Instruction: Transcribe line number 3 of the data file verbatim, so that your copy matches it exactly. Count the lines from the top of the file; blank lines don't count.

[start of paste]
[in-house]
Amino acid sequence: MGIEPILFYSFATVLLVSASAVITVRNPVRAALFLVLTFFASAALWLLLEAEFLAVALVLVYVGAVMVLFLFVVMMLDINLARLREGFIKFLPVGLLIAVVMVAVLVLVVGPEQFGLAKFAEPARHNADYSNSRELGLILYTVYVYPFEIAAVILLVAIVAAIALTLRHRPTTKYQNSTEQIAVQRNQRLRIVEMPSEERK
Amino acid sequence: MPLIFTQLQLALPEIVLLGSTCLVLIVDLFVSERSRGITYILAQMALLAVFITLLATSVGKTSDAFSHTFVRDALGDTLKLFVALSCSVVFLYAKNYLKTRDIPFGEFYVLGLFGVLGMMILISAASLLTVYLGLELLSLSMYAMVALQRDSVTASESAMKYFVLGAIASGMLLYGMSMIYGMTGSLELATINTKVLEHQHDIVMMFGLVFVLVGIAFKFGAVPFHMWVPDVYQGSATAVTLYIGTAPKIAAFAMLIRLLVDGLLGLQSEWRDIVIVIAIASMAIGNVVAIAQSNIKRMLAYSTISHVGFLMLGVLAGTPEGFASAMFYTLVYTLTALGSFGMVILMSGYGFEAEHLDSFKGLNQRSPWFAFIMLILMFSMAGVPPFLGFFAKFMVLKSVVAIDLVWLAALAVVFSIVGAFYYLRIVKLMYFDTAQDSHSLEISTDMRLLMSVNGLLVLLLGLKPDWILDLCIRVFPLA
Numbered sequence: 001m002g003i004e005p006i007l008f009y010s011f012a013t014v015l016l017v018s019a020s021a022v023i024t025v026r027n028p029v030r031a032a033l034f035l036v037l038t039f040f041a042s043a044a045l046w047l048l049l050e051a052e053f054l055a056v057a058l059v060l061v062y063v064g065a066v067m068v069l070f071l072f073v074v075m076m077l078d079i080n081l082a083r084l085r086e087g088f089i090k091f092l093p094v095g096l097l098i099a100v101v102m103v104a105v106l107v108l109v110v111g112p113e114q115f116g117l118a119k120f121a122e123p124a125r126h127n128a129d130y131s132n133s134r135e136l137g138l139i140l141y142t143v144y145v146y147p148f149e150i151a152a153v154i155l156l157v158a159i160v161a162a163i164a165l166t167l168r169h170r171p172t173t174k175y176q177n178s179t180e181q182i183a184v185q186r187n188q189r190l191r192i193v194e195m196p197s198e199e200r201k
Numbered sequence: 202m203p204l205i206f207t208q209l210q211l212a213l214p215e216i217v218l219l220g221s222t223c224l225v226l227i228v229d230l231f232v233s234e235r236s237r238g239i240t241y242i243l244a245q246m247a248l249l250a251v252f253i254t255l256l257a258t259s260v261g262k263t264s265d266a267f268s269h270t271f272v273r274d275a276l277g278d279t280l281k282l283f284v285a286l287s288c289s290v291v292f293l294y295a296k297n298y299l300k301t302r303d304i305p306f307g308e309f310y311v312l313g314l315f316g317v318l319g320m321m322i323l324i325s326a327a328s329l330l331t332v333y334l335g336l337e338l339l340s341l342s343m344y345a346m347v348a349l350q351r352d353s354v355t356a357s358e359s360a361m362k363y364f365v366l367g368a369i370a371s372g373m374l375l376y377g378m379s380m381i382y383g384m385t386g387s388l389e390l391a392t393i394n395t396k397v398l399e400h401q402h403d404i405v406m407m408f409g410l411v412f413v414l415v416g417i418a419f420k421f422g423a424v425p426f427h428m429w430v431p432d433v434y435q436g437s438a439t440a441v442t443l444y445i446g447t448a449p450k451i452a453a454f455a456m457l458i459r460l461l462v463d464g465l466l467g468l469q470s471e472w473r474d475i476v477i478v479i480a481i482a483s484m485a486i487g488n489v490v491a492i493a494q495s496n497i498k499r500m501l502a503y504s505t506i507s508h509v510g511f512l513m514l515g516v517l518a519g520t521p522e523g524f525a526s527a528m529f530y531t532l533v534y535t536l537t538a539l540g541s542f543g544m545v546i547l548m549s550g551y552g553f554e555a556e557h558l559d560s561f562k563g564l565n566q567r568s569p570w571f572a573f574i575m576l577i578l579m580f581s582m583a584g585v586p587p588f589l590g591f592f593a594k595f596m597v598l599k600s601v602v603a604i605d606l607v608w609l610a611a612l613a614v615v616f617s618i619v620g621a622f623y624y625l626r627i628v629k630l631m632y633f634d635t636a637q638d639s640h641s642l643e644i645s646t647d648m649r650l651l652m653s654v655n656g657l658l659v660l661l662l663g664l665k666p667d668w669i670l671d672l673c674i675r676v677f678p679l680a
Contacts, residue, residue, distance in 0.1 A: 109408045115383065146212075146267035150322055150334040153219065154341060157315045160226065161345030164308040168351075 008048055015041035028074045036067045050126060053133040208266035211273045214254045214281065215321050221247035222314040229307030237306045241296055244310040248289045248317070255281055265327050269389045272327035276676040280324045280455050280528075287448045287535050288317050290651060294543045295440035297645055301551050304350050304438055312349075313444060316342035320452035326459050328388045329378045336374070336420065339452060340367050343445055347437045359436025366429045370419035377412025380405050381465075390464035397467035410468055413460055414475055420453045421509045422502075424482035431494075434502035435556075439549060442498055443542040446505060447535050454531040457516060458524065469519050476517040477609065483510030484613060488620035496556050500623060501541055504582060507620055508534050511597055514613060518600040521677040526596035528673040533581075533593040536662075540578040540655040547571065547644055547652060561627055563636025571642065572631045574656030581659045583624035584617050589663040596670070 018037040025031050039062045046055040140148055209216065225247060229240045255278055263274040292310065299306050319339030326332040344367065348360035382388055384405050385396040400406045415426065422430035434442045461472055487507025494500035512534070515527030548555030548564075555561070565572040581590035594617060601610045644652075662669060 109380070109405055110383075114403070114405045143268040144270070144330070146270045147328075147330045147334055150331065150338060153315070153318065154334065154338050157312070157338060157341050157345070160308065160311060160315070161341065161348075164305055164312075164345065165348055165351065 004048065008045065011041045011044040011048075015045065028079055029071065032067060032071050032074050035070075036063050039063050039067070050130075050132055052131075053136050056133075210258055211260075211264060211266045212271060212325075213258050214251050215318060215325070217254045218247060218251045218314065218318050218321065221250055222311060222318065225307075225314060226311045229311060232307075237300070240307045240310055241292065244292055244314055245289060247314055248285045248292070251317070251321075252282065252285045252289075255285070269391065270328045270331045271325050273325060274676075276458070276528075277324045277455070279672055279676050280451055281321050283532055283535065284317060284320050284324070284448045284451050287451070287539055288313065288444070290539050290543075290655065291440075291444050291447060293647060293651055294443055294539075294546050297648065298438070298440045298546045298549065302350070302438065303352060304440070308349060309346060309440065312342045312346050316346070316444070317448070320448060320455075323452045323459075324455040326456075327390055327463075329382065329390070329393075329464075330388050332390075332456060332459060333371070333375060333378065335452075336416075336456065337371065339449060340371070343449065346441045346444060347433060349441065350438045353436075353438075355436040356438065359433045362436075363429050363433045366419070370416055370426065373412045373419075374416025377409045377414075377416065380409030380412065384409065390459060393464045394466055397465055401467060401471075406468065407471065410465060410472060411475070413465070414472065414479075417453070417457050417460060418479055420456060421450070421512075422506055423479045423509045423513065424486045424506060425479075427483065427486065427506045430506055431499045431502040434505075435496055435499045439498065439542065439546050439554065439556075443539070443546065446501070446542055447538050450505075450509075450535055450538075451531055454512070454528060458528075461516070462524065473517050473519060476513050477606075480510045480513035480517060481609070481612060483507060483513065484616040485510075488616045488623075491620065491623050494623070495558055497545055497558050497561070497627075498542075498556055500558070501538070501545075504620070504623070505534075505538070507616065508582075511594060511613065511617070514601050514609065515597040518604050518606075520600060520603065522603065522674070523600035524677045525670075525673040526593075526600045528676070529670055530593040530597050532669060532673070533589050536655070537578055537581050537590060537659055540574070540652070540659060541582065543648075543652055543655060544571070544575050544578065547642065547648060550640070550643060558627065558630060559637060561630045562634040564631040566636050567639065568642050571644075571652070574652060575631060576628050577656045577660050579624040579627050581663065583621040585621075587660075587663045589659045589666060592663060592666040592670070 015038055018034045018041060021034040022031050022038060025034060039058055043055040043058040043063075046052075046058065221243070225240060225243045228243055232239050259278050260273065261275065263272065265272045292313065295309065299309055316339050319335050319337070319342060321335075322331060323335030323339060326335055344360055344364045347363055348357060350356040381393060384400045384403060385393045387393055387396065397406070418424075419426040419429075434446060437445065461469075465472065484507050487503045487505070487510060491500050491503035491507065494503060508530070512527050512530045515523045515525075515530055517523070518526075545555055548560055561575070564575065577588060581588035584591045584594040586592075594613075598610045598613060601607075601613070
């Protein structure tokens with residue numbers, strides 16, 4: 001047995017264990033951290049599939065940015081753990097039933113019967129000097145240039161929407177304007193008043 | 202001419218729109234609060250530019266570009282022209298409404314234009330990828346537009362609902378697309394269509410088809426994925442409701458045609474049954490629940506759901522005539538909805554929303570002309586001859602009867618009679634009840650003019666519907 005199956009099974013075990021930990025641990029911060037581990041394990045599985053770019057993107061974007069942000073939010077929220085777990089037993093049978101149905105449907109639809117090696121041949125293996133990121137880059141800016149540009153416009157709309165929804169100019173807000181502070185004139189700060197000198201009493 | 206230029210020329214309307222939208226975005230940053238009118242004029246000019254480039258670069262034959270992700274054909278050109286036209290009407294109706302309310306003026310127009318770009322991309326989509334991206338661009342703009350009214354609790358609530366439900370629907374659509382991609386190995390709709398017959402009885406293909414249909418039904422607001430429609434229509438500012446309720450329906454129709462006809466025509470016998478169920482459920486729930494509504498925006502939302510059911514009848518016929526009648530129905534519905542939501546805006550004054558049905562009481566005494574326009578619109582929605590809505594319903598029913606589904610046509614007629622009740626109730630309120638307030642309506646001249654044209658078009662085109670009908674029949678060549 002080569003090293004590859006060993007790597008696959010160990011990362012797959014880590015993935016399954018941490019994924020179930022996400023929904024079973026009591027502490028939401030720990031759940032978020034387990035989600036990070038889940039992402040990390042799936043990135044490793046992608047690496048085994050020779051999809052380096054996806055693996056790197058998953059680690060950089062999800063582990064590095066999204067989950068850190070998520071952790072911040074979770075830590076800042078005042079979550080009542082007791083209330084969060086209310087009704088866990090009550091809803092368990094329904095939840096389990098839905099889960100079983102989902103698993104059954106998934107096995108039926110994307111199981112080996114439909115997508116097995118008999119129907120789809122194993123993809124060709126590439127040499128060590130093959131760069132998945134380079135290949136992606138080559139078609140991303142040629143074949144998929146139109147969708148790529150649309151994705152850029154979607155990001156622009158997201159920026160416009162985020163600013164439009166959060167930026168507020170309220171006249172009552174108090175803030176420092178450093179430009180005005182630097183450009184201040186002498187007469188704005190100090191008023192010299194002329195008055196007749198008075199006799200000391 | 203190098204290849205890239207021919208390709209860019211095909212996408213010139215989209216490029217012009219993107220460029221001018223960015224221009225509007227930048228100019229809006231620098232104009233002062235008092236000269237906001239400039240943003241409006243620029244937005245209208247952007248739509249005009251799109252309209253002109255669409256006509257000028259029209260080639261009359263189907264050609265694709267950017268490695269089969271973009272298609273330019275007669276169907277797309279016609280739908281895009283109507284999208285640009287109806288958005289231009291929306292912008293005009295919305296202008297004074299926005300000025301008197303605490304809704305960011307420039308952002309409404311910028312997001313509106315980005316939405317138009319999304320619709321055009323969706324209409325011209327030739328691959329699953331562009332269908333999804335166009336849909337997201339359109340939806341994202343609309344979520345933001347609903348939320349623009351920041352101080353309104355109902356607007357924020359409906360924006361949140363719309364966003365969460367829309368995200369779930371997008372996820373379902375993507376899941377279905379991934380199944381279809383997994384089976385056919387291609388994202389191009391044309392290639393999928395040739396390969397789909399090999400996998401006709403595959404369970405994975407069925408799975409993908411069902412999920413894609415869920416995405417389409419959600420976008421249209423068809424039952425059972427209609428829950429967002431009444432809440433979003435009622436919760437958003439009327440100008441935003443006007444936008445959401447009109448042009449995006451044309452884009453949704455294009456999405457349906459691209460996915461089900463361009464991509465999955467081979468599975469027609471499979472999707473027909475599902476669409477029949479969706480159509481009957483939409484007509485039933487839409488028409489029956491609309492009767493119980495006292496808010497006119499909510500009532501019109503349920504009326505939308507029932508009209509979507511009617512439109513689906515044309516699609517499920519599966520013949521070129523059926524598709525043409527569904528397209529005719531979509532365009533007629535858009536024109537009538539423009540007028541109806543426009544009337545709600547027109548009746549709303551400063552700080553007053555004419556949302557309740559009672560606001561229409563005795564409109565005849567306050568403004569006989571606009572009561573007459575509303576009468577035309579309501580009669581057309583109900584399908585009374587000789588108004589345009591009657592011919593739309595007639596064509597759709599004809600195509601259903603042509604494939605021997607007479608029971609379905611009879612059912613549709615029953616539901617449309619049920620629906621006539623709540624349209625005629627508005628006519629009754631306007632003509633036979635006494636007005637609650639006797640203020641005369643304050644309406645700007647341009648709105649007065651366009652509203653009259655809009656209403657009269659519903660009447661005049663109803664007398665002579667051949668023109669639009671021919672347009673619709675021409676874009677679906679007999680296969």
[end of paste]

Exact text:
Amino acid sequence: MPLIFTQLQLALPEIVLLGSTCLVLIVDLFVSERSRGITYILAQMALLAVFITLLATSVGKTSDAFSHTFVRDALGDTLKLFVALSCSVVFLYAKNYLKTRDIPFGEFYVLGLFGVLGMMILISAASLLTVYLGLELLSLSMYAMVALQRDSVTASESAMKYFVLGAIASGMLLYGMSMIYGMTGSLELATINTKVLEHQHDIVMMFGLVFVLVGIAFKFGAVPFHMWVPDVYQGSATAVTLYIGTAPKIAAFAMLIRLLVDGLLGLQSEWRDIVIVIAIASMAIGNVVAIAQSNIKRMLAYSTISHVGFLMLGVLAGTPEGFASAMFYTLVYTLTALGSFGMVILMSGYGFEAEHLDSFKGLNQRSPWFAFIMLILMFSMAGVPPFLGFFAKFMVLKSVVAIDLVWLAALAVVFSIVGAFYYLRIVKLMYFDTAQDSHSLEISTDMRLLMSVNGLLVLLLGLKPDWILDLCIRVFPLA